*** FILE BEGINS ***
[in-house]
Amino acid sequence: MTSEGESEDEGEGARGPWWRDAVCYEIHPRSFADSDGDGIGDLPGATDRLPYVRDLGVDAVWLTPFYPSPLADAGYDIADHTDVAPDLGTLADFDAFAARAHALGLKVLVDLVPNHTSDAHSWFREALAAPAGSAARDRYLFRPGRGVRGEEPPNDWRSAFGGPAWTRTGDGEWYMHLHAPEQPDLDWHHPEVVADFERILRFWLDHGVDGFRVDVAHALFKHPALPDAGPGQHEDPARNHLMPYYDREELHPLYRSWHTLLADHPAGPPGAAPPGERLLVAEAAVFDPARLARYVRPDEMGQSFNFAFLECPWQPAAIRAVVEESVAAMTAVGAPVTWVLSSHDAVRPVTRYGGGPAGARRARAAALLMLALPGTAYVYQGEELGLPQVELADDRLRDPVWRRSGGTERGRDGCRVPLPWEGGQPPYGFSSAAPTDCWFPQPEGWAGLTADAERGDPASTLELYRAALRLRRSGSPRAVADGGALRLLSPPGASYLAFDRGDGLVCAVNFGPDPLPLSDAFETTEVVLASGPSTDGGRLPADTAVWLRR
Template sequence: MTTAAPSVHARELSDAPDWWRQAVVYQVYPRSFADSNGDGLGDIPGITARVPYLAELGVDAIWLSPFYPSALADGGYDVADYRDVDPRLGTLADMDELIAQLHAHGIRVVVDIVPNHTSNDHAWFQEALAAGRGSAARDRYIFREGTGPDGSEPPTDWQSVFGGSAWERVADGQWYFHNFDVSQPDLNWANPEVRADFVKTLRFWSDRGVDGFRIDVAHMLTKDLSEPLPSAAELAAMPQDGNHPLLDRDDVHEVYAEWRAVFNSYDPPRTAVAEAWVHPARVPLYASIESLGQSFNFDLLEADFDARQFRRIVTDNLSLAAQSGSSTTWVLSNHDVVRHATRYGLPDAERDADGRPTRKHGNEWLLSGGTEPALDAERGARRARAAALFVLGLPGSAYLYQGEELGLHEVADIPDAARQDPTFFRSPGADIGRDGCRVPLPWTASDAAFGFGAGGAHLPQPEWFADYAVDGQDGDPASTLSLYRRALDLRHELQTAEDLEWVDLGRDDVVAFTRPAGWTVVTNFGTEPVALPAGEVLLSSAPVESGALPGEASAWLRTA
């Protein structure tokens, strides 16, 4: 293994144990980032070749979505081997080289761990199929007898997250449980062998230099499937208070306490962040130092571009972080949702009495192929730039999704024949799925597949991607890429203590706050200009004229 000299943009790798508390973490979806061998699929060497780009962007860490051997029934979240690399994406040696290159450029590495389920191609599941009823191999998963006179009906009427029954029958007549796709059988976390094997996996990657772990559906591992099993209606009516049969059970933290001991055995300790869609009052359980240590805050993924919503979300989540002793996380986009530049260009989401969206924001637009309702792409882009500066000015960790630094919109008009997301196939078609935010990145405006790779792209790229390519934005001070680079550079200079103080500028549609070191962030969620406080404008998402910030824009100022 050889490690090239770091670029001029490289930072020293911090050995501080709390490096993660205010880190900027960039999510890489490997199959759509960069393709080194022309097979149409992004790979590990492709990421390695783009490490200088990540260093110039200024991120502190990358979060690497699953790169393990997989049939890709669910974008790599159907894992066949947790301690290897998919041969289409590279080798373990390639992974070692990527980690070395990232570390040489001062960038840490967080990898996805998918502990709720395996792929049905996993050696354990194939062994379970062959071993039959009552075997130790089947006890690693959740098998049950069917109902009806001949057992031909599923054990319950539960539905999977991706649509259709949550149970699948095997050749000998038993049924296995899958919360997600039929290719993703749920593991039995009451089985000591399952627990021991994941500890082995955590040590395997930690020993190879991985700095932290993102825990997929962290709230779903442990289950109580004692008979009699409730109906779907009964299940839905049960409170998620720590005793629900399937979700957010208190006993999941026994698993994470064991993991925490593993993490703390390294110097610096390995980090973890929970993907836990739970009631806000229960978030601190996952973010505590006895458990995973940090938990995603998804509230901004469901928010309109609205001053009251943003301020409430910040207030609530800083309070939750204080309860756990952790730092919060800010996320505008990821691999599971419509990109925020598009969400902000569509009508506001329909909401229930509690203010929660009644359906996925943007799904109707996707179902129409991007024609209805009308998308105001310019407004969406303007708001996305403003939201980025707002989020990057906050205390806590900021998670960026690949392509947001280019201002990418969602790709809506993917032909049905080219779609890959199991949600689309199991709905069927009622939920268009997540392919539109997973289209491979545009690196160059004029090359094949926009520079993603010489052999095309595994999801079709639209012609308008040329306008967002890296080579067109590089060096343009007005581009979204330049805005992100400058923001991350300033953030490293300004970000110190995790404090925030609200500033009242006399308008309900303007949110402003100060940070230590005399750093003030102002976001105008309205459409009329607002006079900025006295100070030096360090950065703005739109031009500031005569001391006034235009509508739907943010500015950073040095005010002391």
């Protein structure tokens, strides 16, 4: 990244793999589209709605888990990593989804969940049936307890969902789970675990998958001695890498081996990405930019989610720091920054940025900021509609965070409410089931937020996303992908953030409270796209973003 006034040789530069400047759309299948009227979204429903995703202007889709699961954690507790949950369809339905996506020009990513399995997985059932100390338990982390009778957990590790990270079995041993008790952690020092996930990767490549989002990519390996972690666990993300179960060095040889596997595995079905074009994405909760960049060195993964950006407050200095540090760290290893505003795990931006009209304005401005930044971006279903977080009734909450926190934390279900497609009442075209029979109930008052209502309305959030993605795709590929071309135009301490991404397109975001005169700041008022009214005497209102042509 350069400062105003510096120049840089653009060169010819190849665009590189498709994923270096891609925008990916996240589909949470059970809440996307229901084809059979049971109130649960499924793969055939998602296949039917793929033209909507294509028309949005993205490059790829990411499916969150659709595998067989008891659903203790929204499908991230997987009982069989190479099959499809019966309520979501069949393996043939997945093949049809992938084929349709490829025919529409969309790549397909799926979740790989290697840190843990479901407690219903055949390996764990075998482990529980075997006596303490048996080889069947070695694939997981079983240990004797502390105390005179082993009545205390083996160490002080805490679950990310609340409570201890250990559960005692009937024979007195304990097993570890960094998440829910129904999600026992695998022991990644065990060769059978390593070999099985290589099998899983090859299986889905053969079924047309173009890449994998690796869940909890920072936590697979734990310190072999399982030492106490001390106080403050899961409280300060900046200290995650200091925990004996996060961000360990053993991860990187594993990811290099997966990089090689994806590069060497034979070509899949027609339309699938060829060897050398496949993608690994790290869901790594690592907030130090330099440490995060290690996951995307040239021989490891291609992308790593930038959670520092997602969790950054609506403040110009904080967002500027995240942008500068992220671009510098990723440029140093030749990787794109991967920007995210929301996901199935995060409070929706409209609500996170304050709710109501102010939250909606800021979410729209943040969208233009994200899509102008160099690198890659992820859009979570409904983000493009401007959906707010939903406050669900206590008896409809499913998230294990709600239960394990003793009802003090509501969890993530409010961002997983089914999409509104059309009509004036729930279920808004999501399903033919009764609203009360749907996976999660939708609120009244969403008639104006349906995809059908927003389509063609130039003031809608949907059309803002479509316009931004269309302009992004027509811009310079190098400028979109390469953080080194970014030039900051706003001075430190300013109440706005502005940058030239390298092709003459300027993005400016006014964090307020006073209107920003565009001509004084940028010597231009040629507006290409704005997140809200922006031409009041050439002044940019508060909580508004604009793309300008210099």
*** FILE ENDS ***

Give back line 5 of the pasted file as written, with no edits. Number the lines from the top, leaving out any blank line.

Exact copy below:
């Protein structure tokens, strides 16, 4: 990244793999589209709605888990990593989804969940049936307890969902789970675990998958001695890498081996990405930019989610720091920054940025900021509609965070409410089931937020996303992908953030409270796209973003 006034040789530069400047759309299948009227979204429903995703202007889709699961954690507790949950369809339905996506020009990513399995997985059932100390338990982390009778957990590790990270079995041993008790952690020092996930990767490549989002990519390996972690666990993300179960060095040889596997595995079905074009994405909760960049060195993964950006407050200095540090760290290893505003795990931006009209304005401005930044971006279903977080009734909450926190934390279900497609009442075209029979109930008052209502309305959030993605795709590929071309135009301490991404397109975001005169700041008022009214005497209102042509 350069400062105003510096120049840089653009060169010819190849665009590189498709994923270096891609925008990916996240589909949470059970809440996307229901084809059979049971109130649960499924793969055939998602296949039917793929033209909507294509028309949005993205490059790829990411499916969150659709595998067989008891659903203790929204499908991230997987009982069989190479099959499809019966309520979501069949393996043939997945093949049809992938084929349709490829025919529409969309790549397909799926979740790989290697840190843990479901407690219903055949390996764990075998482990529980075997006596303490048996080889069947070695694939997981079983240990004797502390105390005179082993009545205390083996160490002080805490679950990310609340409570201890250990559960005692009937024979007195304990097993570890960094998440829910129904999600026992695998022991990644065990060769059978390593070999099985290589099998899983090859299986889905053969079924047309173009890449994998690796869940909890920072936590697979734990310190072999399982030492106490001390106080403050899961409280300060900046200290995650200091925990004996996060961000360990053993991860990187594993990811290099997966990089090689994806590069060497034979070509899949027609339309699938060829060897050398496949993608690994790290869901790594690592907030130090330099440490995060290690996951995307040239021989490891291609992308790593930038959670520092997602969790950054609506403040110009904080967002500027995240942008500068992220671009510098990723440029140093030749990787794109991967920007995210929301996901199935995060409070929706409209609500996170304050709710109501102010939250909606800021979410729209943040969208233009994200899509102008160099690198890659992820859009979570409904983000493009401007959906707010939903406050669900206590008896409809499913998230294990709600239960394990003793009802003090509501969890993530409010961002997983089914999409509104059309009509004036729930279920808004999501399903033919009764609203009360749907996976999660939708609120009244969403008639104006349906995809059908927003389509063609130039003031809608949907059309803002479509316009931004269309302009992004027509811009310079190098400028979109390469953080080194970014030039900051706003001075430190300013109440706005502005940058030239390298092709003459300027993005400016006014964090307020006073209107920003565009001509004084940028010597231009040629507006290409704005997140809200922006031409009041050439002044940019508060909580508004604009793309300008210099």